I’m not very good at meditating consistently. I’ve never managed to set (and stick to) a meditation schedule. I’m forever forgetting that I meant to meditate until it’s 10 past midnight, and I should have been in bed hours ago. Or I make grand plans to meditate in the morning when, if I’m really honest, my achievable goals are coffee and shower. And what’s more, I’m actually just bad at meditating. I’m hypersensitive to sounds around me, for one, so a passing car or a meowing cat pops me right out of my head. I have trouble finding a comfortable position that isn’t also a sleeping position. And my mind in general is not very interested in slowing down and staying focused. [I’m told that, like any other skill, much of this is a matter of not having enough practice, and I believe that. Doesn’t help much in the moment, though.]
And yet, there are occasions when everything clicks. When I’m able to feel that I’ve brought myself into a place of stillness, from which I can call out to the spirits of the earth, the sea, and the sky, to speak to the Gods and have the hope of response, to know better my place in the great interconnected web of being.
Last night was not such an occasion. I was angry at the US general election and its results, my back hurt from sitting badly, and the cats wouldn’t stop whining. Every time I tried to close my eyes and feel the power of the earth and the sky, something would pull me out of the it. Even when I simplified and tried to just contemplate the world around me, I ended up contemplating some election result, or somebody’s Facebook post about an election result, or why even an early feeding time was not soothing the cats.
And then I remembered another time, shortly after I begin this journey, when I was complaining about just this problem. (Some things are eternal.) A friend brought up, half as a joke, the concept of the Flame and the Void, from Robert Jordan’s Wheel of Time series:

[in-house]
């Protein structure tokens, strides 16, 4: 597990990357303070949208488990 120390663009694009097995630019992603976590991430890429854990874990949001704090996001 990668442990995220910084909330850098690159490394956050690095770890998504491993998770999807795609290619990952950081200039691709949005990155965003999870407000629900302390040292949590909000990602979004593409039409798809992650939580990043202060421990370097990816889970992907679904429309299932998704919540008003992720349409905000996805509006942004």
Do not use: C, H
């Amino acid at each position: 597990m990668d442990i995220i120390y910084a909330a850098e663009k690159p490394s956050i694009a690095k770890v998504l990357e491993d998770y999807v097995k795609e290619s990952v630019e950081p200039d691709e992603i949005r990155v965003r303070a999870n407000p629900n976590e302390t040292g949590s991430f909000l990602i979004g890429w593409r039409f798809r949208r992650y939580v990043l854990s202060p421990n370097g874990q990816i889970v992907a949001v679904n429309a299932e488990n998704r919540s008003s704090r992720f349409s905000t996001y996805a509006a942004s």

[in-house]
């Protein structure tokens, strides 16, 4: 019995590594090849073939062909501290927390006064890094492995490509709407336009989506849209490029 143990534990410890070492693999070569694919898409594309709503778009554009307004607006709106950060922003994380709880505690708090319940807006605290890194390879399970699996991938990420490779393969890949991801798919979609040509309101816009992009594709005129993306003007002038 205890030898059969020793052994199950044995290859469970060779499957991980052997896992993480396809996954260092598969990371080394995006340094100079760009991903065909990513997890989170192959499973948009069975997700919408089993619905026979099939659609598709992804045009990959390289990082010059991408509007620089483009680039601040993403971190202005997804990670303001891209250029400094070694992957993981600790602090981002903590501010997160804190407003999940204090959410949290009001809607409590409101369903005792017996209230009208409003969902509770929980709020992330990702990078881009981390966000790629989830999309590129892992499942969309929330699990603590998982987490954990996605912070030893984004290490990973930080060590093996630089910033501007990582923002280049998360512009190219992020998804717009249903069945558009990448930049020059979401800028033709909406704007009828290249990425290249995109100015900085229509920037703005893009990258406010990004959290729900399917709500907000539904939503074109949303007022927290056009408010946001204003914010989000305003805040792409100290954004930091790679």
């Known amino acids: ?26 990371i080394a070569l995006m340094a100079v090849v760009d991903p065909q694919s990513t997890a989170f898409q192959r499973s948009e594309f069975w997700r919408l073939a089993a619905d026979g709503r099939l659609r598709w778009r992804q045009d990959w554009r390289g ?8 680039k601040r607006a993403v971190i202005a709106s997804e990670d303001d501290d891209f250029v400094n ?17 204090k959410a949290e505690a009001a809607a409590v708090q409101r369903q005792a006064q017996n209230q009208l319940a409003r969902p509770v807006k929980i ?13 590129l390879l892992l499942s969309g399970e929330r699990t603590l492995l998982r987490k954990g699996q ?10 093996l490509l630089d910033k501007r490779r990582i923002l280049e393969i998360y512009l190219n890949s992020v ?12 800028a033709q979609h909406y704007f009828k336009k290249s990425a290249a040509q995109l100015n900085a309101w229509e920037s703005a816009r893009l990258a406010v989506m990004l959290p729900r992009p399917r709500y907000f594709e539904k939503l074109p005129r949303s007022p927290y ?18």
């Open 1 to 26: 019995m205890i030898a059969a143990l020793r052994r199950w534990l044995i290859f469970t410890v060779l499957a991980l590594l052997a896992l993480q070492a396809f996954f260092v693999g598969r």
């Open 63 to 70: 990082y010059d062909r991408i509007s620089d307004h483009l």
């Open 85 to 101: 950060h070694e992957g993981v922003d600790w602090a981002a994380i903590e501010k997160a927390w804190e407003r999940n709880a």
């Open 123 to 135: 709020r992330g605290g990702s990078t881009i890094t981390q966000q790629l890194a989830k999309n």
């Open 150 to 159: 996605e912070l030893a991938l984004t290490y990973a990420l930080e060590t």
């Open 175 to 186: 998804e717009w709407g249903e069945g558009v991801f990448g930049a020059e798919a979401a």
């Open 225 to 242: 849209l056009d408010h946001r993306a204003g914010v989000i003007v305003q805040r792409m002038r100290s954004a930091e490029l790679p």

It was an odd thing Tam had taught him. concentrate on a single flame and feed all your passions in it—fear, hate, anger—until your mind became empty. Become one with the void, Tam said, and you could do anything. Nobody else in Emond’s Field talked that way. But Tam won the archery competition at Bel Tine every year with his flame and his void.
—Robert Jordan, The Eye of the World
On the one hand it’s a laughable suggestion for a simplified meditation practice because, c’mon, it’s a fantasy series. But on the other hand, it feels familiar, matching the idea of empty mind that’s central to our Western conception of Zen practice. Compare this from Eugen Herrigel’s Zen in the Art of Archery:
The archer ceases to be conscious of himself as the one who is engaged in hitting the bull’s-eye which confronts him. This state of unconscious is realized only when, completely empty and rid of the self, he becomes one with the perfecting of his technical skill, though there is in it something of a quite different order which cannot be attained by any progressive study of the art.
And so I closed my eyes and stopped trying to reach out, to connect. Instead I turned my attention inward, to the image of a flame floating in the midst of a rich, lush blackness. I gazed at the flame in my mind’s eye, willing it to burn without wavering, Whenever I realized my mind had wandered I fed those thoughts into the flame, watching it leap higher as it consumed them and then return to its still brightness. Instead of recriminating myself for losing focus, my drifting fed the flame I was tending, helping it grow brighter and warmer.
I look forward to the next time I’m able to still my mind enough to feel my connection to the wonder of the universe and the Gods. But until I’m able to return to that point, I’m grateful for the flame that glows in the stillness of my mind and my heart.